Accountant for US Taxpayers Living Outside the United States
The old saying about death and taxes is true: even when you leave the country, the dreaded Internal Revenue Service still collects its due. Though many Americans living abroad believe that moving away from the U.S. relieves them of their tax obligation to their former country of residence, the reality is quite the opposite. Filing a tax return with the IRS is not only necessary for expatriates, but it is also made more complicated by the fact that they live abroad.
If you are a U.S. taxpayer living outside the United States, turning to an accountant with experience in international tax law can save you significant time, money, and stress. The team at U.S. Tax Help specializes in that very subject, and they are led by Ted Kleinman, a certified public accountant with more than 30 years’ experience in international tax preparation and planning. To learn how the accountants at U.S. Tax Help can assist you, or to set up your first consultation, call (541) 362-9127 or visit us online today.
Filing a US Tax Return While Living Abroad
Though it is commonly believed that moving away from the United States means you no longer owe taxes to the U.S. government, the truth is that the IRS expects all American citizens to file a tax return each year, regardless of where in the world they live. This fact sets the U.S. apart as one of only two countries to tax based on citizenship rather than location – Eritrea is the other. That being said, there are a few allowances made for expats with regard to filing taxes.
One advantage reserved for expatriates is that they are granted an automatic two-month deadline extension to file their tax return, with no request for an extension required. This means that Americans living abroad effectively have a June 15 deadline to file their tax return; however, any taxes owed to the government must be paid by the standard April 15 deadline, or interest will start accruing on that date.
In addition, American expats benefit from some key exemptions that can save a lot of money when tax time rolls around. Most prominent among these are the foreign earned income exclusion (FEIE), which allows you to exclude a significant portion of your income from taxation, and the foreign housing exclusion and deduction, which will be explained below. Each of these relies on the taxpayer passing one of two tests: either the bona fide residence test or the physical presence test.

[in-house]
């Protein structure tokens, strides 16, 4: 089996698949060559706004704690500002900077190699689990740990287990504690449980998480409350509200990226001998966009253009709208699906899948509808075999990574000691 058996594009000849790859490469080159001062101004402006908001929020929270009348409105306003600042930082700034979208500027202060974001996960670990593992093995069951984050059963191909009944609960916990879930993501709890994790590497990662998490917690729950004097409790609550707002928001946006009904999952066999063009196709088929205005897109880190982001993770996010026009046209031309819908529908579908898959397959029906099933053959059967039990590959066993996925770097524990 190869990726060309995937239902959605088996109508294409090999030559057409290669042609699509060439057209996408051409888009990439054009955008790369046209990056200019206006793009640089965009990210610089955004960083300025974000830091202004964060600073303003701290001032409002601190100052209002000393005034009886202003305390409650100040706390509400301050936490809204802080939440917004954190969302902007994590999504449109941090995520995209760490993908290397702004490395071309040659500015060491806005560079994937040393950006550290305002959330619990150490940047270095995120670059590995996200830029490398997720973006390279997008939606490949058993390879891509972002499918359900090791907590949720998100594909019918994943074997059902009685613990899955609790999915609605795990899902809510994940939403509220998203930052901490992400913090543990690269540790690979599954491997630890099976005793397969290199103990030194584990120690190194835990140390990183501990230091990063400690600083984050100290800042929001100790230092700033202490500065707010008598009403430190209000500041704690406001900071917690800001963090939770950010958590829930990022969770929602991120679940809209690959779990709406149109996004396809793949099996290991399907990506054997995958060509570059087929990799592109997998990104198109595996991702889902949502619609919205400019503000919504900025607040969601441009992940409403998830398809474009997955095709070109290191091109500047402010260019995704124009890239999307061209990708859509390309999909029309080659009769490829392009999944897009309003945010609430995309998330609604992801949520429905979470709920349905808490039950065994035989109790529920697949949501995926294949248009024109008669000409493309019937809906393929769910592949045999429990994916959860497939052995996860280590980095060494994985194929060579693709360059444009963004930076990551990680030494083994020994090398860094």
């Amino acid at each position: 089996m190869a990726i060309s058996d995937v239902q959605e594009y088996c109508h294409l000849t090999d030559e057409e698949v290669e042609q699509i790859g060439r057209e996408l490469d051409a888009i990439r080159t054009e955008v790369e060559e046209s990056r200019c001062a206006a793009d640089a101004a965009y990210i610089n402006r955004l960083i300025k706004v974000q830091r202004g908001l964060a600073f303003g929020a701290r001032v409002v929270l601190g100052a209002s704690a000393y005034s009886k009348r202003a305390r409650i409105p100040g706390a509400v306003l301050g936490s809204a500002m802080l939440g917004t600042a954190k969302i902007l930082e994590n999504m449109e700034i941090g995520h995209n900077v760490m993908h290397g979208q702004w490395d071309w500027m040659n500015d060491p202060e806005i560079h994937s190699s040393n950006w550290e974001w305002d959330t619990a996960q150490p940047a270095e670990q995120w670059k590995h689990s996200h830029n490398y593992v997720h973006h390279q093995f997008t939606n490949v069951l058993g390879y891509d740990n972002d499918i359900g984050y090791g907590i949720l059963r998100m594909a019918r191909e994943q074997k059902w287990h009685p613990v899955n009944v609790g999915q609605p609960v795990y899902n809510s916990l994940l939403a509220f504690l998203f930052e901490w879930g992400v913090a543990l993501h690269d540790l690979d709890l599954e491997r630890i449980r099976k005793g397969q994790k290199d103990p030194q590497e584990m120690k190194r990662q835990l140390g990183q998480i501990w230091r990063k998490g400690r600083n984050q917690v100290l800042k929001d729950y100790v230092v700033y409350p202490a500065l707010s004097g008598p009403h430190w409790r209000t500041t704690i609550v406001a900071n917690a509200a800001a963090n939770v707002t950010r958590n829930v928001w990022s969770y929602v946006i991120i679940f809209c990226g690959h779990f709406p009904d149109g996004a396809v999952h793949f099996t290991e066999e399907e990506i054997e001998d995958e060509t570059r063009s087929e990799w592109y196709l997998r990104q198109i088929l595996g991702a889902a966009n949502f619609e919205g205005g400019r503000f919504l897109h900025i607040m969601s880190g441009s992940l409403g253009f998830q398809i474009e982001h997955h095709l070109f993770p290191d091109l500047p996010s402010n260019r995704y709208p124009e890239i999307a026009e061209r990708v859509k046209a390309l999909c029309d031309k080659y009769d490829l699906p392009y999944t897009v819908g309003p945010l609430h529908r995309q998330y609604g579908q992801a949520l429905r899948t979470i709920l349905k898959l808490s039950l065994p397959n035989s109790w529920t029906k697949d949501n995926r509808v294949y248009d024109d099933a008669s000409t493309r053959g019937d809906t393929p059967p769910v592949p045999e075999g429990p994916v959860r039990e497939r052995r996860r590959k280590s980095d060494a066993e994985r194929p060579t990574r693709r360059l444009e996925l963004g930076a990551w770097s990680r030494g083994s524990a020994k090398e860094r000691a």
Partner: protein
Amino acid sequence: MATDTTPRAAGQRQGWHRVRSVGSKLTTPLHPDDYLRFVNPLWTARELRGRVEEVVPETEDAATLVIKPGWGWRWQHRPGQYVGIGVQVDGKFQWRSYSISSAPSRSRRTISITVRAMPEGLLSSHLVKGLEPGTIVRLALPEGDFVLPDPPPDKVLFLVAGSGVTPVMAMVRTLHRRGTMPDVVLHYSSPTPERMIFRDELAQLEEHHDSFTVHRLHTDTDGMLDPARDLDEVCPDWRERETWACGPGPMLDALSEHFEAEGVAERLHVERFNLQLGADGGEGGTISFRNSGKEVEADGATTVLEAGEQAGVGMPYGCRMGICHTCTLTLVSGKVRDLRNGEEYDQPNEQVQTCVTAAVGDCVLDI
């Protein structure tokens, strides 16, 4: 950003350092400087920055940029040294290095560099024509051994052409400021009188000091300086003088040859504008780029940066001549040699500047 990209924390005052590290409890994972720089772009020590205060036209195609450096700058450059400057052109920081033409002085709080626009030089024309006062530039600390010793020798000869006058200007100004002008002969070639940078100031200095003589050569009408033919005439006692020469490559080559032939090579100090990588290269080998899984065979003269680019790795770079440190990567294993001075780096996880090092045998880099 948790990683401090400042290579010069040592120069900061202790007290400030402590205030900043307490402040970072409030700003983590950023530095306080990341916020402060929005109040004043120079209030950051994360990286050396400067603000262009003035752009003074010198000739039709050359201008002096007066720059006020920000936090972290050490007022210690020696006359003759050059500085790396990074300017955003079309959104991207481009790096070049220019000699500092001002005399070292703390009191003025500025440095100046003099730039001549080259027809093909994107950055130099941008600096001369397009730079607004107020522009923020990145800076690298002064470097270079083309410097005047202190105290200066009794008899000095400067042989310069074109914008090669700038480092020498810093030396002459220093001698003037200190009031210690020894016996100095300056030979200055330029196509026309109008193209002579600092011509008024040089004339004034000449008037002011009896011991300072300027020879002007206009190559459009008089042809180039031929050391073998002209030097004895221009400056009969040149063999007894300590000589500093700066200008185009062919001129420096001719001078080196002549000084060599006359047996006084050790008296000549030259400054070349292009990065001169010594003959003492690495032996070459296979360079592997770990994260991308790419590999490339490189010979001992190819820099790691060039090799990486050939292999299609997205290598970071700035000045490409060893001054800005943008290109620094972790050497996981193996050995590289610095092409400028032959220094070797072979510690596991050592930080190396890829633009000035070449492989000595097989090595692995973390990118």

The Bona Fide Residence Test and Physical Presence Test
The primary qualifier for the most popular expat exclusions and deductions is whether you have lived outside the U.S. for an appropriate length of time, a determination made through one of two tests. The first of these is the bona fide residence test, an examination by the IRS that takes into account the length and nature of your time abroad. To pass, you must show that you were a bona fide resident of a foreign country for at least the length of an entire tax year. For the most part, the agency uses information you provide on Form 2555, Foreign Earned Income, when making their ruling.
By comparison, the physical presence test is much simpler. To pass, the IRS requires that you be physically present in another country for at least 330 full days over a 1-year period. Those days do not need to be consecutive, and there is no examination into the purpose of the time you spent abroad.
Tax Exclusions for Expats Living Outside the U.S.
One of the two most common ways expats can reduce their tax burdens is by using the Foreign Earned Income Exclusion (FEIE) to limit the amount of foreign-earned income that is taxed by the IRS. As long as you pass either of the tests described above and are a U.S. citizen (or a resident alien, in some cases) likely qualify for this exclusion. It should be noted that the FEIE only applies to earned income – income from active employment, in contrast to income from sources such as rent, which are collected passively – and that the amount that can be excluded changes each year to adjust for inflation. In 2019, you could exclude up to $105,900 of foreign-earned income from taxation through the FEIE.
The other common exclusion that benefits expats is the foreign housing exclusion or deduction, which is similar to the FEIE in that you must pass the bona fide residence test or physical presence test to qualify. If you collect foreign earned income from an employer, you can probably use the exclusion; if you are self-employed, you may be able to use the deduction. If so, you can use any housing expenses you may have incurred living abroad to reduce the amount of taxes you owe the government. A skilled international tax accountant can explain which exclusions and deductions may benefit you the most.
Specialized Accountants Serving American Taxpayers Living Abroad
As complicated as the existence of an expat can become, easing the burden of U.S. taxes – both mentally and financially – can make the lives of Americans living abroad much easier; Ted Kleinman and his team can do just that. With decades of experience navigating international tax laws, the skilled accountants at U.S. Tax Help are standing by to answer all of your questions. Contact us today by visiting our website or calling (541) 362-9127 to set up a private consultation.